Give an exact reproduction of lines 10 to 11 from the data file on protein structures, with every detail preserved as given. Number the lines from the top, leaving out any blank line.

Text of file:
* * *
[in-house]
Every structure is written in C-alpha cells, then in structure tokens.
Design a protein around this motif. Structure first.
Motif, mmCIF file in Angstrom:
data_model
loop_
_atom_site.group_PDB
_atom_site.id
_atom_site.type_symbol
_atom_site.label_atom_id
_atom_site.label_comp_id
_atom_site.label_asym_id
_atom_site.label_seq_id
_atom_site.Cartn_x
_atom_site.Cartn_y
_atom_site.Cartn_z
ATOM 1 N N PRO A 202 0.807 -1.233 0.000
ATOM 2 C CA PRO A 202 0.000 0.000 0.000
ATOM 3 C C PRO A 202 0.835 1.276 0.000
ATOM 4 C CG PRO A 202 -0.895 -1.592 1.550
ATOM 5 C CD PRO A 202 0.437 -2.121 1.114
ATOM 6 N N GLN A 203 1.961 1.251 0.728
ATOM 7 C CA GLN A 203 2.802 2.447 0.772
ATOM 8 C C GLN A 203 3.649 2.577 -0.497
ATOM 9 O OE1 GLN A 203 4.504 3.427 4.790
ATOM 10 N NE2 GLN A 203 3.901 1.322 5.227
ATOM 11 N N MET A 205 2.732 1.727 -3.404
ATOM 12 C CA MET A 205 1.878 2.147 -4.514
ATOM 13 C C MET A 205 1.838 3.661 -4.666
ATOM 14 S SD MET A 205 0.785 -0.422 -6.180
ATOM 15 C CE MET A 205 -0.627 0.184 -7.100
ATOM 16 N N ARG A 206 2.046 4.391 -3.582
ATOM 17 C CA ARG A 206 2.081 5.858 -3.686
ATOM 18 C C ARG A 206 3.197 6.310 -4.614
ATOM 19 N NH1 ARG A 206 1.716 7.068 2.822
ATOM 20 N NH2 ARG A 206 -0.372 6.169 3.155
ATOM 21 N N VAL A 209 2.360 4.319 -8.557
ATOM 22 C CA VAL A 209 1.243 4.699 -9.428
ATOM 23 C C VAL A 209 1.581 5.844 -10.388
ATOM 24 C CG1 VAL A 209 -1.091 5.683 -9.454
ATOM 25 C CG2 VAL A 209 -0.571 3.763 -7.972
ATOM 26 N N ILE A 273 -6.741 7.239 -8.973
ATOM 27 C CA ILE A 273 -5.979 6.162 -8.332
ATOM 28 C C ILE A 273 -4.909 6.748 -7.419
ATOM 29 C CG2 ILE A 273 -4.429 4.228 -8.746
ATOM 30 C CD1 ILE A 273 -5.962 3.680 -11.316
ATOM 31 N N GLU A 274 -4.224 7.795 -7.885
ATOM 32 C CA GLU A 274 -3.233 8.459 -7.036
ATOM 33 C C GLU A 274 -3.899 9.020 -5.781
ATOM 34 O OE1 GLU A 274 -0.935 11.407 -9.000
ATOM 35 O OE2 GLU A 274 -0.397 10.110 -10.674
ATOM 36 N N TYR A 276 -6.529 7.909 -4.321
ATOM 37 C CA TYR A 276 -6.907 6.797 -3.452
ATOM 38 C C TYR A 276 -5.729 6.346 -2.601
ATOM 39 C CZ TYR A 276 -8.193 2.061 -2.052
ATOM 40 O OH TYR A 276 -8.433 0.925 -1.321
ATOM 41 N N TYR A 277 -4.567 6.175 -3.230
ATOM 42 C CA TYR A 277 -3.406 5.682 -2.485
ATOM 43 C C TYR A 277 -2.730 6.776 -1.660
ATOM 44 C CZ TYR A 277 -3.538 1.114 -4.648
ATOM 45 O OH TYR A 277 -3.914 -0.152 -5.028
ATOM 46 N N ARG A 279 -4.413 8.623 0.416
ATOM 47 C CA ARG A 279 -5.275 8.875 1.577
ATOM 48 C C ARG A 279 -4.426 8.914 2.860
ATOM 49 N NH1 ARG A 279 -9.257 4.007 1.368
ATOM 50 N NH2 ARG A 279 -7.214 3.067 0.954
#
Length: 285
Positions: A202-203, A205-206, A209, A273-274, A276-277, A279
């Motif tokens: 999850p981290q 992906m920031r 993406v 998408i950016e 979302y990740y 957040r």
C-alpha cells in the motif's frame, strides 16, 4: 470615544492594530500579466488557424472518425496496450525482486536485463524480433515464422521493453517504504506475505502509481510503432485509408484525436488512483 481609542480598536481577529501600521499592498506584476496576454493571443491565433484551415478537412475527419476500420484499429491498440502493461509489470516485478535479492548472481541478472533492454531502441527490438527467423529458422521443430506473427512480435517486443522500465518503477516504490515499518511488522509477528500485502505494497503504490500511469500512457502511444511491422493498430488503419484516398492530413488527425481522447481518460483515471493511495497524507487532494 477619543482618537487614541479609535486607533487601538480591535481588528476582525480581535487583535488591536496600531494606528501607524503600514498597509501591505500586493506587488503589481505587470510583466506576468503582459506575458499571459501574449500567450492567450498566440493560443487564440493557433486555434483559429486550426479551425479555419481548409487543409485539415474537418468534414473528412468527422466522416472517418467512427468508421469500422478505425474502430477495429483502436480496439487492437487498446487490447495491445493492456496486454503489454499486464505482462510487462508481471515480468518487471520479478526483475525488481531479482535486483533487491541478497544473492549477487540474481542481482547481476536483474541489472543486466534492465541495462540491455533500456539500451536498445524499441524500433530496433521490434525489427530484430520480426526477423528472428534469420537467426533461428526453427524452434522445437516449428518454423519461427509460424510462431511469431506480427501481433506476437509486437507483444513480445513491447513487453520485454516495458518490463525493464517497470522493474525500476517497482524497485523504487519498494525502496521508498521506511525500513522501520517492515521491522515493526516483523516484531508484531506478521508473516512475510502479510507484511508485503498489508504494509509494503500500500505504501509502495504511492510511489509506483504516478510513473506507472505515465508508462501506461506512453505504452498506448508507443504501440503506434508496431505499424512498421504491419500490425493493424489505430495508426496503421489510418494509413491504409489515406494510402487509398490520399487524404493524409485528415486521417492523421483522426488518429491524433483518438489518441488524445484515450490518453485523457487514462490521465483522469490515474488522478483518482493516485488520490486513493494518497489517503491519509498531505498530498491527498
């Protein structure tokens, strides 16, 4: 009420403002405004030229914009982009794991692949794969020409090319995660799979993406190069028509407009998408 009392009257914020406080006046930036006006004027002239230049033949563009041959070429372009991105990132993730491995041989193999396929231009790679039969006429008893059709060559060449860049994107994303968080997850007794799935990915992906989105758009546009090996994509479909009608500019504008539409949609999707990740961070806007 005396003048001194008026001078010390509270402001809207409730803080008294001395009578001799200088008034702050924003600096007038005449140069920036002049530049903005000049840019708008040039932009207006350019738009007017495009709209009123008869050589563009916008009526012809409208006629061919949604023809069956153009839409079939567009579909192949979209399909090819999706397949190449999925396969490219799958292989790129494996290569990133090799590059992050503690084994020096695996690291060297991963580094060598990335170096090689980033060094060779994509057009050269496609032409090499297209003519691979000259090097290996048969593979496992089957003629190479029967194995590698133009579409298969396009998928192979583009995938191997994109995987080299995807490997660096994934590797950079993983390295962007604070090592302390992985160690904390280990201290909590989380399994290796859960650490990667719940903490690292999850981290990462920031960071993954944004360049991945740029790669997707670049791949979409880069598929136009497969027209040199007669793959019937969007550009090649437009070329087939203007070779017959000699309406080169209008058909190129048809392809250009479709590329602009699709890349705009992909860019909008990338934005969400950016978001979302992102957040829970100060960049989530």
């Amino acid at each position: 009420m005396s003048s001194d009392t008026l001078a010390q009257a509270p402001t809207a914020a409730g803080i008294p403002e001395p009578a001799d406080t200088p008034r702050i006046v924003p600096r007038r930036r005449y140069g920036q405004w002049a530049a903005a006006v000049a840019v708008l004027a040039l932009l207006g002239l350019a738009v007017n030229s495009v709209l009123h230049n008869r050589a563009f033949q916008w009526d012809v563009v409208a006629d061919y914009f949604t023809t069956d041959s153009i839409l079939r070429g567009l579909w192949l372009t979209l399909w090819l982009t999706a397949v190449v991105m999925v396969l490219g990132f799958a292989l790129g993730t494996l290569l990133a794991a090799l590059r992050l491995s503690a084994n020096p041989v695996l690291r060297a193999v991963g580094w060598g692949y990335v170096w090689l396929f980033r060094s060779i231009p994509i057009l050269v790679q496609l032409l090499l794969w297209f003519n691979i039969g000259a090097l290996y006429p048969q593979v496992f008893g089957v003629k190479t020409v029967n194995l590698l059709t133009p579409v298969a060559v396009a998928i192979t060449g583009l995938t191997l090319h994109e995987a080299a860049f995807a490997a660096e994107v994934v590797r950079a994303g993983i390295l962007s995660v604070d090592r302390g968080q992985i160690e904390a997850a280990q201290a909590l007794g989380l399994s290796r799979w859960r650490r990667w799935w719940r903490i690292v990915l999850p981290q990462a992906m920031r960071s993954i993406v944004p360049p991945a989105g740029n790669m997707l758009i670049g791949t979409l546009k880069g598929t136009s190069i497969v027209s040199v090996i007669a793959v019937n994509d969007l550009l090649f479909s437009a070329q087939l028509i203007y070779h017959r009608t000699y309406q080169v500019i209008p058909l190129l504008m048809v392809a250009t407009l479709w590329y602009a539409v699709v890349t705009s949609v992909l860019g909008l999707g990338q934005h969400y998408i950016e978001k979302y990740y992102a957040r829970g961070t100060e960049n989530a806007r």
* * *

_atom_site.label_atom_id
_atom_site.label_comp_id